Now because there are only three gradings, for an incident to be rated grade two to warrant a suspension, it has to be in the middle third of the scale, which also suits the players because the match review committee seems reluctant to dish out higher-graded charges.

And just in case you were unaware, it’s going to be even worse in the finals with the Origin system of fines replacing suspensions in place for pretty much everything. As long as the NRL’s thugs tread that fine line between being sin-binned or sent off and getting away with grubby on-field acts, they won’t be suspended during the playoffs.

Annesley said the previous system that was scrapped in the off-season was too complex and too often players were missing games for “what were effectively low-level charges which did not require suspensions”.

Brent Naden of the Tigers is sent off by referee Peter Gough.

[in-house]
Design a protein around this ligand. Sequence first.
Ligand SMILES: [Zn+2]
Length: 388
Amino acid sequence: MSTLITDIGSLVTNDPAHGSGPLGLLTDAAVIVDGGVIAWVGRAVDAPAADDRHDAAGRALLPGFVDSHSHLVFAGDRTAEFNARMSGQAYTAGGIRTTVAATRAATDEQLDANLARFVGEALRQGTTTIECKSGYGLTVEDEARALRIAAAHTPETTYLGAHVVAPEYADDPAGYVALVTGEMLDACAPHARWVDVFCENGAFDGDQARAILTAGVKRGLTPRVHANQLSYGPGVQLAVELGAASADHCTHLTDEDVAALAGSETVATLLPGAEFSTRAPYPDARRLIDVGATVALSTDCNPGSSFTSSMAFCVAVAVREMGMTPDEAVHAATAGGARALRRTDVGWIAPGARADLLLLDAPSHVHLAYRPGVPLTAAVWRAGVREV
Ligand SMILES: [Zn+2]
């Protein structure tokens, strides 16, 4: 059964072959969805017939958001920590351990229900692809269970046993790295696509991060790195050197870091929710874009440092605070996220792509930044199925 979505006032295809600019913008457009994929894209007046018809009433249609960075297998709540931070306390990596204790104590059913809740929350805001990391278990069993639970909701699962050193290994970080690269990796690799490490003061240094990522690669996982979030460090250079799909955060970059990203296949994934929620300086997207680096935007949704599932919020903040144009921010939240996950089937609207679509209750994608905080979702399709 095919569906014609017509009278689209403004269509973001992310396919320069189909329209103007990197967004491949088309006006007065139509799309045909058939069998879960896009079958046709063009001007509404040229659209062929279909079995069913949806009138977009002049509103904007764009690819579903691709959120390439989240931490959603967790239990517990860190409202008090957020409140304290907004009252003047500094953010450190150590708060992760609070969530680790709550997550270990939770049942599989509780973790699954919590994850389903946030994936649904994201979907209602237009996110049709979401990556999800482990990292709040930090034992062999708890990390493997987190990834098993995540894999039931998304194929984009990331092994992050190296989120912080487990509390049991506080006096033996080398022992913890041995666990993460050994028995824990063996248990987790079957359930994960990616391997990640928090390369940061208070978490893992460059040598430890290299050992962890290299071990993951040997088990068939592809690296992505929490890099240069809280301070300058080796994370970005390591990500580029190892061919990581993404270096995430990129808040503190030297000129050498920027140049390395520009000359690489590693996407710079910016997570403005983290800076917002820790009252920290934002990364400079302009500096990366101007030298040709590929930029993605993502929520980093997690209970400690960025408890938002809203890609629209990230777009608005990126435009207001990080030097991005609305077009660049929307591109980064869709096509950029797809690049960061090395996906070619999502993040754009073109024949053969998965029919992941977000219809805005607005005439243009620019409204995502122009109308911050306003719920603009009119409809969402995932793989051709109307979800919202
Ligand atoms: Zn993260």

Brent Naden of the Tigers is sent off by referee Peter Gough. (Photo by Matt King/Getty Images)

“The multiplier effect and the addition of carryover points was pushing players into suspensions that people were saying ‘how can you get two weeks for that?’ These things are very much a delicate balance.

“We have a system in place that is intended to protect players firstly and make sure players aren’t subjected to dangerous foul play during the course of matches.

“It’s a tough game and most of the instances that take place in our game are not deliberate.

“With 12-16 cameras around a game at every single game, you kind of have to be crazy to do something intentionally, unless you’ve completely lost the plot and we don’t have too many instances of that happening in games.”

Sounds like the kind of madness Asofa-Solomona is getting away with.